The established data concerning the presence of a significant relationship between fibronectin expression in breast carcinoma and the known prognostic clinicopathological factors may improve our understanding of breast cancer and have promising impacts on planning further adjuvant treatments for this type of cancer. Thus, we studied cellular fibronectin expression in invasive breast carcinoma, normal breast tissue adjacent to breast carcinoma, and normal breast parenchyma of reduction mammoplasty.

The finding of a significant difference between tumor group and both tumor control and normal control groups in terms of fibronectin staining intensity and extent suggests an alteration of breast cancer cells that results in the high expression of cellular fibronectin in these cells. Since cellular fibronectin is finally released as insoluble fibronectin in the extracellular matrix, its higher concentration in the extracellular matrix of breast cancer in comparison to normal breast tissue would have an impact on growth, proliferation, differentiation, and migration of tumor cells.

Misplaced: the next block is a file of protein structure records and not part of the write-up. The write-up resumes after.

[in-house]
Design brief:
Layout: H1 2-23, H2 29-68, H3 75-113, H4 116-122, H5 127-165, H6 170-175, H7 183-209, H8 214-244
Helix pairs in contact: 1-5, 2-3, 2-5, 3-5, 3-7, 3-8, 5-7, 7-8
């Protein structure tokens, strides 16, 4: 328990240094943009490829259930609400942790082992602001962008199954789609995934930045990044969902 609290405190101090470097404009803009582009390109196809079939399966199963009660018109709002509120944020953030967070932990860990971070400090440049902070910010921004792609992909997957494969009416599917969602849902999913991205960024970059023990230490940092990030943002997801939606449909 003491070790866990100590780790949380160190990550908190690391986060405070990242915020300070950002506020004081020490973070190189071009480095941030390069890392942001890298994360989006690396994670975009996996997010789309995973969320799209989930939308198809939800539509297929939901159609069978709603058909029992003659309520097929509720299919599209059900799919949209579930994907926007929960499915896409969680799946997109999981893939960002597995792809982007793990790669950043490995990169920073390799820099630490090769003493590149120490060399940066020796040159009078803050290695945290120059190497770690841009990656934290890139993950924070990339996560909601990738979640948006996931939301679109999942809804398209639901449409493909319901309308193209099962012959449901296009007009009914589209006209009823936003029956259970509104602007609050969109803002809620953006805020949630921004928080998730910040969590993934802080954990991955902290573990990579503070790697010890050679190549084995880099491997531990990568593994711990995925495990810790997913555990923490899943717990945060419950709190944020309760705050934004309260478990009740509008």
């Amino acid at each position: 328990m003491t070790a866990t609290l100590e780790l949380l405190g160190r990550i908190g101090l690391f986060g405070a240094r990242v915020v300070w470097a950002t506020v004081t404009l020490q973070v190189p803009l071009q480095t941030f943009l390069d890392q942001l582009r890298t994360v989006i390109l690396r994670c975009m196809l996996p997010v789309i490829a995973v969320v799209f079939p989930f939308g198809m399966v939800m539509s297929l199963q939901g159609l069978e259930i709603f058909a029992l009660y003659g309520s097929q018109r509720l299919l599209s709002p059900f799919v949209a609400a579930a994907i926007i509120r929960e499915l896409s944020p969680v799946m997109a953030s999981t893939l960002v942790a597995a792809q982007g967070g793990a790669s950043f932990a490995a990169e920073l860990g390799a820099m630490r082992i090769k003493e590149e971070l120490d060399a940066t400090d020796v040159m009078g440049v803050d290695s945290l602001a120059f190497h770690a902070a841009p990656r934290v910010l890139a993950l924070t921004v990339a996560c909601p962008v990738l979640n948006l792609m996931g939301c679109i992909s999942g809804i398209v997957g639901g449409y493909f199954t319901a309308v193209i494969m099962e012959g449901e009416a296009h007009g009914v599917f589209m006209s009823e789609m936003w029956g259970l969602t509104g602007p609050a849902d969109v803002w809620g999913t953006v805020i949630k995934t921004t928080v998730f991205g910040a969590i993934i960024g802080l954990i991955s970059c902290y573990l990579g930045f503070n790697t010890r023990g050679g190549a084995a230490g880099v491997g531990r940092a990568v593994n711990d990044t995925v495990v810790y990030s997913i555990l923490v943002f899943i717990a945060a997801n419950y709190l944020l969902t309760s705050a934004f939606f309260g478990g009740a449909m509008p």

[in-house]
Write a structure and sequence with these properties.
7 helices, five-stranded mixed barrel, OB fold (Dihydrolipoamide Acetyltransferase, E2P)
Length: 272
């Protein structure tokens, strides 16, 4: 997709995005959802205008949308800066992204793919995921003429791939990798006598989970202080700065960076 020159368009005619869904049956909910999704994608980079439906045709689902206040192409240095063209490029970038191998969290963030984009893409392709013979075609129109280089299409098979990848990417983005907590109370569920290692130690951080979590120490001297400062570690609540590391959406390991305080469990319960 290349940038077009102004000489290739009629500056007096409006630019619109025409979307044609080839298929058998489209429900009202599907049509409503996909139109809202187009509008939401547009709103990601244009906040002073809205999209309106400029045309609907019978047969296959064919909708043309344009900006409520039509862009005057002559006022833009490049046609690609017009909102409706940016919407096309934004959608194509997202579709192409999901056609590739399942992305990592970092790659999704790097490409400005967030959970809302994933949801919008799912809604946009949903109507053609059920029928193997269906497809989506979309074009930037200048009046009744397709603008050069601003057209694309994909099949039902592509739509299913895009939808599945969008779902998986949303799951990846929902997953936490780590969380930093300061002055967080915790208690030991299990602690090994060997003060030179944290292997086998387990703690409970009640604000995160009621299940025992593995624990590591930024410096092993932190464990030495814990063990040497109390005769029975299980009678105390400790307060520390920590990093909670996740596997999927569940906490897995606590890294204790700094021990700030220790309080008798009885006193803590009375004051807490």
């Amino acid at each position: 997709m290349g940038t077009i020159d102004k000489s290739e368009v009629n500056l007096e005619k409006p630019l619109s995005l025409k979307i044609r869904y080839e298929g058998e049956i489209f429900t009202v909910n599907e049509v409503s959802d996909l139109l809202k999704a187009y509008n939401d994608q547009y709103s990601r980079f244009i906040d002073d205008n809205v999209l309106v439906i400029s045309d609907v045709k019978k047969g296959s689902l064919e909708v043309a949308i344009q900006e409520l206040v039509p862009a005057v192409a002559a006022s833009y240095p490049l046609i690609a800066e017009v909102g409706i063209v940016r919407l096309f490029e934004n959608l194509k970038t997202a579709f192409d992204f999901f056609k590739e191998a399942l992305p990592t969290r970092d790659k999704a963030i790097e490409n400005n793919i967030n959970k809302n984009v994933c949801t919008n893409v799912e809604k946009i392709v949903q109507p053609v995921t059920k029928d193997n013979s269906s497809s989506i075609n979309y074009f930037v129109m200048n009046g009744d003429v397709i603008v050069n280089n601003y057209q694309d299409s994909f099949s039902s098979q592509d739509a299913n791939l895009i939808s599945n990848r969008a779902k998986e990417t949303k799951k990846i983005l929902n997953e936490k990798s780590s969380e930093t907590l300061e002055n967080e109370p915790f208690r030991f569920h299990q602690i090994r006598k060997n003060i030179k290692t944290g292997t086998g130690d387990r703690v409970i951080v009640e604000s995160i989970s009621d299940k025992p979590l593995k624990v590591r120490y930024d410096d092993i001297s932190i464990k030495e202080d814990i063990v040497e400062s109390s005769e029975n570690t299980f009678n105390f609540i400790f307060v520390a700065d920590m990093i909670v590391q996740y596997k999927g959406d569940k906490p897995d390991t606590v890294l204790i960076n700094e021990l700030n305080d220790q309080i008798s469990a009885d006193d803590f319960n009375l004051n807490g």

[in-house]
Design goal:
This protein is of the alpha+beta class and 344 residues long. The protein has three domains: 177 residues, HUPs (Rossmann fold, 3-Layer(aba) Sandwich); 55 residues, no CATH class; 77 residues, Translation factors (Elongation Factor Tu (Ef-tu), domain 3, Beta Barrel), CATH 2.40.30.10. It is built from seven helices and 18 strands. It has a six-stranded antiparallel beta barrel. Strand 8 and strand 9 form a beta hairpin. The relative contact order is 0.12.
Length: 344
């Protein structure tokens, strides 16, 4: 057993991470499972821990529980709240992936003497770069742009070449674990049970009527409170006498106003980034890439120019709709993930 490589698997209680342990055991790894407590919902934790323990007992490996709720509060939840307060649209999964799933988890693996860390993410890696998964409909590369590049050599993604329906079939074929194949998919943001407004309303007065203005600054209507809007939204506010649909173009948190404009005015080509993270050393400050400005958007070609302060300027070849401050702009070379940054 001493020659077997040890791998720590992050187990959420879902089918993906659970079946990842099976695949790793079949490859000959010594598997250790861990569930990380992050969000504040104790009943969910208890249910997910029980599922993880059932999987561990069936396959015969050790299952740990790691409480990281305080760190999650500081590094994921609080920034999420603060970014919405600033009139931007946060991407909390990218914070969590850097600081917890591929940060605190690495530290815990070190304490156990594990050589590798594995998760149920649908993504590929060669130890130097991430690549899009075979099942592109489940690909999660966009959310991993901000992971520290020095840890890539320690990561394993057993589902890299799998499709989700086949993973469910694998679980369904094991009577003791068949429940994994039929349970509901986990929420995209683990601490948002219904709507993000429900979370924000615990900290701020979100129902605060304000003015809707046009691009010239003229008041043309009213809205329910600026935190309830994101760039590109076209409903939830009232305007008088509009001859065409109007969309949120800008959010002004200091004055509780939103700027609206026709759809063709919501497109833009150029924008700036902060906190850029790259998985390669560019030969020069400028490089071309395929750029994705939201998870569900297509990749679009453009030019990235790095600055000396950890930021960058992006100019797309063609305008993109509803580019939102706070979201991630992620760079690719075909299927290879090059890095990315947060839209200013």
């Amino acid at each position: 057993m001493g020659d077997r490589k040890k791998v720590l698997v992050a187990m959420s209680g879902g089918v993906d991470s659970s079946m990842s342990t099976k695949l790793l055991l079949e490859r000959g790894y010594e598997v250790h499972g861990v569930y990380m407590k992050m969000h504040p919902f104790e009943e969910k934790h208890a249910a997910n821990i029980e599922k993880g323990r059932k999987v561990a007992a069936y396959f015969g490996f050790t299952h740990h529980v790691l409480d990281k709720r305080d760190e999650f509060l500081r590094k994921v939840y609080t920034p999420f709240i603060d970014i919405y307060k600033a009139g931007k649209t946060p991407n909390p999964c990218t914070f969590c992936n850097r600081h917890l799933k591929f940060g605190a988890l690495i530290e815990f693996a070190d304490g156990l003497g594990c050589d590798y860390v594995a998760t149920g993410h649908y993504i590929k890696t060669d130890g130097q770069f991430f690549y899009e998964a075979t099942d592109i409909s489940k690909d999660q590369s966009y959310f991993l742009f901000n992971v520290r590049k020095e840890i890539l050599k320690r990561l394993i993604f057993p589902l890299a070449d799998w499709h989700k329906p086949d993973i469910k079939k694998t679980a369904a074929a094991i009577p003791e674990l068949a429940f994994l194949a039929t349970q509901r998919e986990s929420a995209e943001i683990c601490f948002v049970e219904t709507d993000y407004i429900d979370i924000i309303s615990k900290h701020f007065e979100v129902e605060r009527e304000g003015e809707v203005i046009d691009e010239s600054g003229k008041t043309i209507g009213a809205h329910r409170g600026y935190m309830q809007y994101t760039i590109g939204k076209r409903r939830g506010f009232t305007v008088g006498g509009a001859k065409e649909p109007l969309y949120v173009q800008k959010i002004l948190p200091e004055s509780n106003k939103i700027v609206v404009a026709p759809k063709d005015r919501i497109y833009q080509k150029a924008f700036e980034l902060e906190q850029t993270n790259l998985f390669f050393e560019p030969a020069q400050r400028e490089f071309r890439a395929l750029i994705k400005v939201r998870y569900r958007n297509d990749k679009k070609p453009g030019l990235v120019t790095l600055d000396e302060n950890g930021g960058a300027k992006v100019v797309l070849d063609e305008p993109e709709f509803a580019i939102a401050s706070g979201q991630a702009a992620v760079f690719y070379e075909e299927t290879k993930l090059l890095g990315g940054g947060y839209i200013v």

A significant relationship between fibronectin staining intensity and tumor grade was seen in the tumor samples. Bae et al. (10) also found a correlation between fibronectin expression by breast cancer cells and high tumor grade. Christensen et al. (22) studied cytoplasmic fibronectin in 24 invasive human breast carcinomas. Sixteen tumors were positive for cytoplasmic fibronectin. The results of their study also showed a positive correlation between the staining intensity of fibronectin and the degree of tumor anaplasia with only a few exceptions. Since tumor grade is one of the determining prognostic factors in breast cancer, the observed relationship between fibronectin expression and tumor grade may indicate some degree of prognostic significance of fibronectin expression in breast cancer.

According to the results of our study, fibronectin expression was not found to have any significant relationship with age, tumor size, tumor subtype, and lymph node status. However, Bae et al. (10) found that fibronectin expression by breast cancer cells was correlated with greater tumor size, a greater number of involved lymph nodes, and tumor histologic type. Ioachim et al. (12) also found a positive correlation between fibronectin expression and lymph node involvement. Vasaturo et al. (23) evaluated fibronectin by reverse transcription-polymerase chain reaction (RT-PCR) and immunohistochemistry in normal breast tissue and benign and malignant breast tumors and correlated it with some clinicopathological parameters. They observed a positive relationship between fibronectin and lymph node status and suggested fibronectin as predictive of long-distance metastasis.